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American Heritage Takes Flight at Eagle Mountain Sanctuary

Guests to Dollywood know it’s much more than a theme park. For some, a trip is all about fun and relaxation, while others come for exciting shows and entertainment. However, thanks to the American Eagle Foundation (AEF), best known for training Challenger, the free-flying bald eagle, Dollywood literally is home for one of America’s most enduring symbols.

For more than a dozen, non-releasable bald eagles, Dollywood provides not only a home, but a safe, natural environment that allows Dollywood guests the opportunity to see these majestic animals up close in a 1.5 million-cubic-foot natural outdoor aviary that recreates the birds’ natural habitat.   

            In July 1990, Dolly Parton announced the construction of a major eagle complex at Dollywood. The five-part complex includes Eagle Mountain Sanctuary, the country’s largest living showcase of American bald eagles; the Wings of America theater, featuring a birds of prey show; the neighboring Birds of Prey viewing facility added in 2008 which showcases raptors from the show; and an eagle breeding and rehabilitation facility which includes an eagle medical clinic and nursery that is not open to the public. Eagle Mountain Sanctuary and the Wings of America theater have entertained and educated more than 30 million Dollywood visitors since its April 1991 debut.  As a matter of fact, one of the most often asked questions of Dollywood guests upon entering the park is, “Where are the eagles?”

            The eagle complex is a cooperative effort between Dollywood and the AEF, a non-profit organization with permits from the U.S. Fish & Wildlife Service and the Tennessee Wildlife Resources Agency to possess, care for, exhibit, rehabilitate and breed birds of prey. The eagles at Dollywood are classified as non-releasable because of permanent disabling factors or other lawful reasons and, therefore, are unable to survive on their own in the wild. This unique showcase gives Dollywood visitors the rare opportunity to see the eagles up close and learn more about the regal bird which has served as our country’s national symbol for more than 200 years.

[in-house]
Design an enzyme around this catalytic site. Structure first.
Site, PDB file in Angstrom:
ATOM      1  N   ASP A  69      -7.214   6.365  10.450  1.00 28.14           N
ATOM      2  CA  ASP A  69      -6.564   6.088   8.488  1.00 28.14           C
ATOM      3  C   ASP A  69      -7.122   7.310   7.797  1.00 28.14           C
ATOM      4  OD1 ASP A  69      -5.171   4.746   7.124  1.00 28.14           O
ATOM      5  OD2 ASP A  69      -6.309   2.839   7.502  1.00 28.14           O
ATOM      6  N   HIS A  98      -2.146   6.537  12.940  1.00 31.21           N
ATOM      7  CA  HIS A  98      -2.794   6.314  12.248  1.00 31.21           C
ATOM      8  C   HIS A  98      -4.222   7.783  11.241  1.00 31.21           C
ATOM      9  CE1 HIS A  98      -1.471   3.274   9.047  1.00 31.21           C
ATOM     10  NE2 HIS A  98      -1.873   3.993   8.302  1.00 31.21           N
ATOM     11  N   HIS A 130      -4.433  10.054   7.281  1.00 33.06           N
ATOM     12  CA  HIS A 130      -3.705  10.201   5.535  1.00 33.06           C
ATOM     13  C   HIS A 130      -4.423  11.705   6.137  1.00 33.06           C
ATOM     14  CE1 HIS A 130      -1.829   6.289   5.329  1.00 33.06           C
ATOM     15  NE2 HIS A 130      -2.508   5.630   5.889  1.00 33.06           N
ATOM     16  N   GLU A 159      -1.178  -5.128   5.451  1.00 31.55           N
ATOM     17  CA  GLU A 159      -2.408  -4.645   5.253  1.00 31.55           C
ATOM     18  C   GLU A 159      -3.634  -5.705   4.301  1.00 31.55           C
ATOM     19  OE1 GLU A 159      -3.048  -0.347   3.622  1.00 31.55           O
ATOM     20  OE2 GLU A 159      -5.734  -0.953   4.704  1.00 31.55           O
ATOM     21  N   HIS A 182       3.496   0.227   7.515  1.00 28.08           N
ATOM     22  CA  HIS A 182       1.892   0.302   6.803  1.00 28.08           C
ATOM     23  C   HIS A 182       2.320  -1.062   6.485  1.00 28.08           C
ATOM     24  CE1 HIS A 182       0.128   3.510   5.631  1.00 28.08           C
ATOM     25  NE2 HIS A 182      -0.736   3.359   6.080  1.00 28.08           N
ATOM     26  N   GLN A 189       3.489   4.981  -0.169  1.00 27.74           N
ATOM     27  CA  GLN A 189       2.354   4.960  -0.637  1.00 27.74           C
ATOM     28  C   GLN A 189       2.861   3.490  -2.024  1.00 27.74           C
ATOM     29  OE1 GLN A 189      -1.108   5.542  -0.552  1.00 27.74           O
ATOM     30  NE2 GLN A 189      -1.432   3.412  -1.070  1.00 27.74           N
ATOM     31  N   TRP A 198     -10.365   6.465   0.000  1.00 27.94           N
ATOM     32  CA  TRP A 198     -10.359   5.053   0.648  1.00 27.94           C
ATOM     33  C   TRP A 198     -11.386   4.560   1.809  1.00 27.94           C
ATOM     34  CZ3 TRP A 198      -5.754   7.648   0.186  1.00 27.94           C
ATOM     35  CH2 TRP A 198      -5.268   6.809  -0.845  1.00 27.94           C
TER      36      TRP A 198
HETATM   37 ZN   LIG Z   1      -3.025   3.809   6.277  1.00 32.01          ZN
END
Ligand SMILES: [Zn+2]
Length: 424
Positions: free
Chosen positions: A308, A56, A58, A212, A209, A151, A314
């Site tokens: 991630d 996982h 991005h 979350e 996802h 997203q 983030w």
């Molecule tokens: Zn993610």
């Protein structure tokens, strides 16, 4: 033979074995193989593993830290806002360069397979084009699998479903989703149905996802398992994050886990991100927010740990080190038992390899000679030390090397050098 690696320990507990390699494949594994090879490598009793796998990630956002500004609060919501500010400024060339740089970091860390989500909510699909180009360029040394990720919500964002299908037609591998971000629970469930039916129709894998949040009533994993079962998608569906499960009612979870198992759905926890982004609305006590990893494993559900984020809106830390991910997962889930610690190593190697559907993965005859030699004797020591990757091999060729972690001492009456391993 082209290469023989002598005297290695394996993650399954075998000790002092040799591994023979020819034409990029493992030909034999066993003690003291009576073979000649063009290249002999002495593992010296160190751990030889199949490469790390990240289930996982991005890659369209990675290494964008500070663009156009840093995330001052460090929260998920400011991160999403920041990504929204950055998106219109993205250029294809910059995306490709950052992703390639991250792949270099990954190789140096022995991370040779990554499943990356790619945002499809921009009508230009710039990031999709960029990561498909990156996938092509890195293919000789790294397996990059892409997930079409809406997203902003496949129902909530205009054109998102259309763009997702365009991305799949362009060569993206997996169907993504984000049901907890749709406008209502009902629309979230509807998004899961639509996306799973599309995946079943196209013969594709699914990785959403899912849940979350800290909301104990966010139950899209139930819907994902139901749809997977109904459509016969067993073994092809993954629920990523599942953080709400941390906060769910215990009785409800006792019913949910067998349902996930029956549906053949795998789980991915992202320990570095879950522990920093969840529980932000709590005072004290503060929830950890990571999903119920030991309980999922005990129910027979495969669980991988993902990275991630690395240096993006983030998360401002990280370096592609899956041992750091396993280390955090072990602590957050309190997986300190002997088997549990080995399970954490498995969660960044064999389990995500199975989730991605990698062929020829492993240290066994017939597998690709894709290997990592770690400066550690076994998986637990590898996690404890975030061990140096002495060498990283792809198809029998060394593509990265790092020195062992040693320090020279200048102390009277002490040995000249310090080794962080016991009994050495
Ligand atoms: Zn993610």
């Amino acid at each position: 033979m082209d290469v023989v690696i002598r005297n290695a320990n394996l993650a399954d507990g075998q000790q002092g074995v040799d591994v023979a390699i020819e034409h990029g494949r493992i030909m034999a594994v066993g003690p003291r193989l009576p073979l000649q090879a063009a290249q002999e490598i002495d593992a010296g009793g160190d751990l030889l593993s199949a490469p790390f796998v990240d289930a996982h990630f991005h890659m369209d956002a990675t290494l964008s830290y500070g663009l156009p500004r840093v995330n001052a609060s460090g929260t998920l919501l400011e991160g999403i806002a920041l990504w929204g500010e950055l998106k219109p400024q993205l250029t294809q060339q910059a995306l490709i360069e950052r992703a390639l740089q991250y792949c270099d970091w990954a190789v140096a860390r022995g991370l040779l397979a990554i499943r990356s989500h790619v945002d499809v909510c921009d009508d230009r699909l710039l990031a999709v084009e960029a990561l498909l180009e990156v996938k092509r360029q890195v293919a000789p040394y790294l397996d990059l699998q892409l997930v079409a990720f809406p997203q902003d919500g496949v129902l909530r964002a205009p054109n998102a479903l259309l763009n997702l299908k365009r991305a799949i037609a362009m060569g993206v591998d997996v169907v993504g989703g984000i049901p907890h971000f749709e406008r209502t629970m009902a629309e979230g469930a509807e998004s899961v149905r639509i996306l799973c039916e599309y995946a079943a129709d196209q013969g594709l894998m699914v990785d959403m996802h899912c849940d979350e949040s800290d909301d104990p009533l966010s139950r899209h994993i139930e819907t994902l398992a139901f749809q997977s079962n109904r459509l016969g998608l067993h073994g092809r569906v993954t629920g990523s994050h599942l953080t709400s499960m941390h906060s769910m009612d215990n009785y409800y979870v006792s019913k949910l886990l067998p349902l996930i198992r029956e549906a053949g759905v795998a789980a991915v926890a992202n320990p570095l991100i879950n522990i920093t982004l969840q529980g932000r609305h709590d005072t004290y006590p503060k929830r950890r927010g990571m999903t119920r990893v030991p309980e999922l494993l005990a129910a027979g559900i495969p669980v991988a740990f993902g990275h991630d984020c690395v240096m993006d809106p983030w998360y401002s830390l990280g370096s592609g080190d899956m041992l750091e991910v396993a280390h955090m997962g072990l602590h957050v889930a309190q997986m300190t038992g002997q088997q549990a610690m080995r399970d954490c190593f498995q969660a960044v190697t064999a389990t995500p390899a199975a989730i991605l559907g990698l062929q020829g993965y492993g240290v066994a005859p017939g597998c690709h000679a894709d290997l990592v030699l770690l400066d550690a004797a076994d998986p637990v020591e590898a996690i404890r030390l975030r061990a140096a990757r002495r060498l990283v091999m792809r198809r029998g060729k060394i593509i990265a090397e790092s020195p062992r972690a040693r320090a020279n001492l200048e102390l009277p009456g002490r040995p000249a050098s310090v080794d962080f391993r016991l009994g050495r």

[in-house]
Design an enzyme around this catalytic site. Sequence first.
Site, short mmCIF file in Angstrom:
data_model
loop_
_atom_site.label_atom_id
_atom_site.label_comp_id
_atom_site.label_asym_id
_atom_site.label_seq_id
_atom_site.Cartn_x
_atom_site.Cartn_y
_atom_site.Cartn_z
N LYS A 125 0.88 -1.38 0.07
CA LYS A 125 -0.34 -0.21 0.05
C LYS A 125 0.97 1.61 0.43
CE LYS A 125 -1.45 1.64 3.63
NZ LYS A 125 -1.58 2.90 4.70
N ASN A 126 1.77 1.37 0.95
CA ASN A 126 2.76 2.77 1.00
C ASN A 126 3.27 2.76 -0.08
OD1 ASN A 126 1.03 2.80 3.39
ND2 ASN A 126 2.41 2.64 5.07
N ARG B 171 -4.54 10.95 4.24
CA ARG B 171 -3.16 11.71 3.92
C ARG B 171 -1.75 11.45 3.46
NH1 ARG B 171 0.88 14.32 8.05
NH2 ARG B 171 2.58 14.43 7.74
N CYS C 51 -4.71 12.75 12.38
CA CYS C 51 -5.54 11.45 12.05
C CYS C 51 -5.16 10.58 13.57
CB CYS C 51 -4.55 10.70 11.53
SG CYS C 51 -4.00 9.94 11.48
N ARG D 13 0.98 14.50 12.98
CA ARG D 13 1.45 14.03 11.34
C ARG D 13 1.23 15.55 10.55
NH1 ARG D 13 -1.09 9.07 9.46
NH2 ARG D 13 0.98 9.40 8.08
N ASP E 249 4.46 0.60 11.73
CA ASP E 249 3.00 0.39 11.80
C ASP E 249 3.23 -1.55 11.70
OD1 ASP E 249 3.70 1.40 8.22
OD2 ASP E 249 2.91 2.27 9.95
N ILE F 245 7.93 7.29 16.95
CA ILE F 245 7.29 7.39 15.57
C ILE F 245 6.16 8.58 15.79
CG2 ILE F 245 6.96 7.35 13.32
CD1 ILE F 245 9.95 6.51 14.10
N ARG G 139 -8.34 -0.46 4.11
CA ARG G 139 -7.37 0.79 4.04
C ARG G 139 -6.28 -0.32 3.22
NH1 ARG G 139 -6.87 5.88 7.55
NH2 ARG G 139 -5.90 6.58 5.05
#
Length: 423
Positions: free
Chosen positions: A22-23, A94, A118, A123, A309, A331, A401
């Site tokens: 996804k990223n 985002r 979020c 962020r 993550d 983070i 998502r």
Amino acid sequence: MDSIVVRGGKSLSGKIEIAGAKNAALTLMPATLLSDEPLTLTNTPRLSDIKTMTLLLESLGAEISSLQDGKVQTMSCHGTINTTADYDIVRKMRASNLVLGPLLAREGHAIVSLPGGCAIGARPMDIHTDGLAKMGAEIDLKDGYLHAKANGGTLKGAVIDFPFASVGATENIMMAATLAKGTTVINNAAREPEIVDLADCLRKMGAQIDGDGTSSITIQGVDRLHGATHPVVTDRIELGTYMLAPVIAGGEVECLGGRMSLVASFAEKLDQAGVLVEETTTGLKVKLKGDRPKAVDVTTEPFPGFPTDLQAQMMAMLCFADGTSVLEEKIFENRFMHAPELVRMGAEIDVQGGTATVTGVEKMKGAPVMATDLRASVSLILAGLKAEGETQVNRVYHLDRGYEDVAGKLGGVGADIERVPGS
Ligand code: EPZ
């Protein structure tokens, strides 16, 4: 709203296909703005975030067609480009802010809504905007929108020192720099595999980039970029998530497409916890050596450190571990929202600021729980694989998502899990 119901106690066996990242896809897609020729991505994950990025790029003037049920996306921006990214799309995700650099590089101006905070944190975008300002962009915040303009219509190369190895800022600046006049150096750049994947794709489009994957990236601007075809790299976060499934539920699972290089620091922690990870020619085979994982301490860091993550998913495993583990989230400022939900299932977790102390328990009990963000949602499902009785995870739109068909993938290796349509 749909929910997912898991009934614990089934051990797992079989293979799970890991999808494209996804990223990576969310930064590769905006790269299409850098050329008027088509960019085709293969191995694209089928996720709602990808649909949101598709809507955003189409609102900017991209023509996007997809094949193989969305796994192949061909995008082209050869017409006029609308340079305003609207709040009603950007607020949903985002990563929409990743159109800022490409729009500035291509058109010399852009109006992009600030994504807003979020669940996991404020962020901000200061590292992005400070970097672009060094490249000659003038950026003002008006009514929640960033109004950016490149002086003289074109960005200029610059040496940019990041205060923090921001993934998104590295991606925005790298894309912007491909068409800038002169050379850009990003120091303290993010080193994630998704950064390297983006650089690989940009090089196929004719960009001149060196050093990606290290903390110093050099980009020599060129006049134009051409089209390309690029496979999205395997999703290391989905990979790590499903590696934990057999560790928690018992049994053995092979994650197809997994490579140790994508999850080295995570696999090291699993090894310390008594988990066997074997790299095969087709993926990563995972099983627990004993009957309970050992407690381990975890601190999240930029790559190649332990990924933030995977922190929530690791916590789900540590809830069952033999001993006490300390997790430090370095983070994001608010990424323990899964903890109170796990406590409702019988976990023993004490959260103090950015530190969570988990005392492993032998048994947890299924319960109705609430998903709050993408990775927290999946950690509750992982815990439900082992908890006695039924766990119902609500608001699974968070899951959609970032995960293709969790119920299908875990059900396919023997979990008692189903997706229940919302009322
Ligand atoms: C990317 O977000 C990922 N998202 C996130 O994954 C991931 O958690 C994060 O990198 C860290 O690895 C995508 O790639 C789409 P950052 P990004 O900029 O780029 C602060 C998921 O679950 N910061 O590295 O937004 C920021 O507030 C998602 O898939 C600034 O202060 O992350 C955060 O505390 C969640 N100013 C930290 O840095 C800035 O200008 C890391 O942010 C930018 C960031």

Dollywood visitors also enjoy learning even more about the bald eagle and some of its feathered friends at the Wings of America show.  The show’s exciting, entertaining and educational format displays the beauty and power of hawks, falcons, vultures, owls and eagles. The audience learns the unique characteristics about the individual species of birds and has the opportunity to see several of the birds in “free flight,” adding to the show’s surprise and excitement.  Between shows, park guests can visit the Birds of Prey viewing facility located next to the theater. Raptors presented in the show are housed in the facility which offers another up-close glimpse of these amazing birds along with storyboards which offer more detailed information about each bird of prey. 

            Perhaps Dollywood and the AEF’s most important work is taking place several miles from the park at the Breeding and Rehabilitation Center. The AEF has released more than 100 eagles since the 1980s.  Since the spring of 1991, bald eaglets and golden eaglets have been hatched to parents that are permanent Dollywood residents.  A number of birds have been rehabilitated and returned to their natural habitats in the wild.

            Challenger, the Breeding and Rehabilitation Center’s most-recognizable resident, has been a free-flying educational ambassador for his species since 1991. Challenger was rescued after being blown from his Louisiana nest during a storm at five weeks of age. Named in honor of the lost space shuttle crew, Challenger has performed free-flights during the national anthem at hundreds of events coast to coast—raising substantial public awareness for the bald eagle protection cause. He is the first bald eagle in American history trained to free-fly into stadiums and arenas during the singing of the Star Spangled Banner. Challenger has helped educate millions of people about the need to protect America’s national bird.